What are the character’s conflicts, what prevents him/her from reaching the goals? Also, what will the character’s personal challenge be? What will he/she learn at the end of the story?

Of course, in real life there is no such thing as perfection (being a perfectionist, this should also serve as a message to myself…), so writers need to bestow flaws to their characters, if we want them to feel real. Everything mentioned above (the MBTI, the wants, goals, and needs, the psychological traits etc) also create flaws. Characters who are introverts may go to extremes and shut themselves out from the rest of the world. Characters who think less before they act may end up getting into trouble. Those who have suffered a great tragedy in their past (character motivation) often see the world skewed and ill-perceived. Depending on your story and setting, this creates a range of problems for them to overcome, thus making them more realistic.

Much like us, characters should change over the course of the story. It doesn’t have to be something big, as long as there’s change. In my current WIP (my cyberpunk story), my main character changes his view and belief about the corporate conglomerate that governs his world, but he also changes the way he perceives the world he inhabits over time. The change doesn’t have to be a positive thing, unless your genre demands it. It doesn’t have to be something that stands out like a fly floating in milk. It can very well be something subtle, like being a little bit more confident, when dealing with a character who has self-esteem issues, or for a solitude person to accept someone else’s company. The possibilities are quite endless.

In the case of villains, writers should keep in mind that every character is multidimensional, which means that the bad guys, a) always have a reason they turned out the way they are, b) should have a redeeming quality. Which also means, even a villain can change by the end of the story. And yes, this also includes turning into a really REALLY bad guy. Remember, change goes both ways. When done right, villains dominate the story and make it so much more enjoyable.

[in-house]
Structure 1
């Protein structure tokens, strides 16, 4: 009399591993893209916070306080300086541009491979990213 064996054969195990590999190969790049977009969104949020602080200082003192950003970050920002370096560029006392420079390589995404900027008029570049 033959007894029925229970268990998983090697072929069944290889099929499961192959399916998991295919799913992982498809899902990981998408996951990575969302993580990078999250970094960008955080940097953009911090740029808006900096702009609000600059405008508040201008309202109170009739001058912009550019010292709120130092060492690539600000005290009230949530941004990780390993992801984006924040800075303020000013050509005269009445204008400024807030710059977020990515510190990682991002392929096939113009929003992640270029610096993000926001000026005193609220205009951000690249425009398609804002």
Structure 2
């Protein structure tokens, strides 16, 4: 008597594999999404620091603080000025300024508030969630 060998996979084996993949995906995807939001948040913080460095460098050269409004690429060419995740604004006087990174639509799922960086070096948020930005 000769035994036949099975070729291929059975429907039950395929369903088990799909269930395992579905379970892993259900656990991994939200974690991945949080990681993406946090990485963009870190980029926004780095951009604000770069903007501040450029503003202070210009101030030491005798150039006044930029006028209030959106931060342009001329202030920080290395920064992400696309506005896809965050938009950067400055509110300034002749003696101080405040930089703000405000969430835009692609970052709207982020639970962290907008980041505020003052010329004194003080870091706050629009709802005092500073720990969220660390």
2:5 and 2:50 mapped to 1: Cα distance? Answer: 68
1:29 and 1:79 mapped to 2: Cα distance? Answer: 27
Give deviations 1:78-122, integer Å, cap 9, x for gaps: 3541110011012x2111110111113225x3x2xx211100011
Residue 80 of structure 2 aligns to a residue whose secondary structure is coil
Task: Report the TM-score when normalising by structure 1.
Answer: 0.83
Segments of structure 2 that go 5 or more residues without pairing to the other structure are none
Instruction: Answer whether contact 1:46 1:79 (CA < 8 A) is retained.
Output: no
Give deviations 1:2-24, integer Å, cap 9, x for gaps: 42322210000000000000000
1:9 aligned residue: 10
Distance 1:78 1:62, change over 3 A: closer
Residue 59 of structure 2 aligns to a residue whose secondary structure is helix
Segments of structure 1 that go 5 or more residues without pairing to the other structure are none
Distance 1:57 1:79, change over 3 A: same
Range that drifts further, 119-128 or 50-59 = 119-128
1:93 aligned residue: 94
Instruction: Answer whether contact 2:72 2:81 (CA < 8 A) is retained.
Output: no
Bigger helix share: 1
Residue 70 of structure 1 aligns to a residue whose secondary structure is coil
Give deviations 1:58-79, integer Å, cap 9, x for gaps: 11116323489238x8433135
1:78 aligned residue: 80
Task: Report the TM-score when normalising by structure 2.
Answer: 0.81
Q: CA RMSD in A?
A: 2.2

Of course, that’s all easier said than done, which is why we very often come out of a theatre thinking that the movie was mediocre at best, despite the excellent acting, remarkable direction etc. Or we end up putting a book down and never getting back to it. See, characters are the ones who take us by the hand, turn themselves into vessels, and transport us to their world. They’re the guides. It is their stories we experience. And it won’t matter if the world they take us to is the best and the events that take place are the most thrilling anyone has ever experienced. It doesn’t matter. If the vessel is not good enough, chances are we won’t enjoy the ride.

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I miss reading

Admittedly, the one I thing I’ve missed the most during the past few months when I started at my new job is being able to read as much as I used to. Between commuting to work (which luckily enough in my case is under an hour), spending eight hours there, attending to issues at home, spending time with the family, taking a little bit of time for myself (it doesn’t include reading or writing), and of course editing/writing, there’s hardly any time left to read during weekdays. To be honest, there’s hardly enough time to write. I have an app on my phone, a simple counter, where I’ve added the number of books I’ve read per year. I’m not a fast reader, but the average was 20-22 books. Now? It’s October and I just reached double digits. Yeap, it’s shameful.

What makes it worse is that what I’m reading is actually very interesting (rejoice sci-fi fans – it’s The Expanse series).

A few weeks ago, I mentioned my betas gave me their feedback on my latest cyberpunk novel (still not in shape for your eyes, I’m afraid). In their notes, one point stood out more than others: some scenes were repetitive.

*GASP*

I wasn’t prepared for this. But they were right, as always.

Last week, I started revising based on my betas’ feedback. Start with the big issues, I said to myself, move on to the smaller ones (like my innumerable typos, which caused my spell checker to crush – don’t laugh, because that’s what happens when you write sci-fi and you invent words, names, and terms). Bigger issues meant tackling those pesky repetitive scenes. By creating new ones.

So there I was, back on my ancient PC (thank you autumn for remembering to visit Greece and for allowing me to turn my PC on once more), trying to come up with a couple new scenes. And…

*crickets*

Seriously, nothing. If you want to know the truth it scared the $h!t out of me. Why couldn’t I write? My intention was to change the chase and escape scenes, since most of the betas comments about repetitive scenes was about them. It shouldn’t have been too hard, since the betas didn’t have a problem with the plot per se, which meant the beginning and the ending of those scenes were set. All I had to do was change the setting and I’d have a basic draft to work with. On the other hand, escape and chase scenes don’t offer much in terms of variety. Something bad happens, the hero has to run for his/her life, and either makes it or not. The only thing that can limit a writer is the world the writer has created for the hero. In other words, you can’t have a dragon saving the hero if you’ve created a hard sci-fi cyberpunk story and you haven’t included dragons in the first place. It took me two days to come up with an inkling of an idea. Which, of course,  in the end created a plot hole.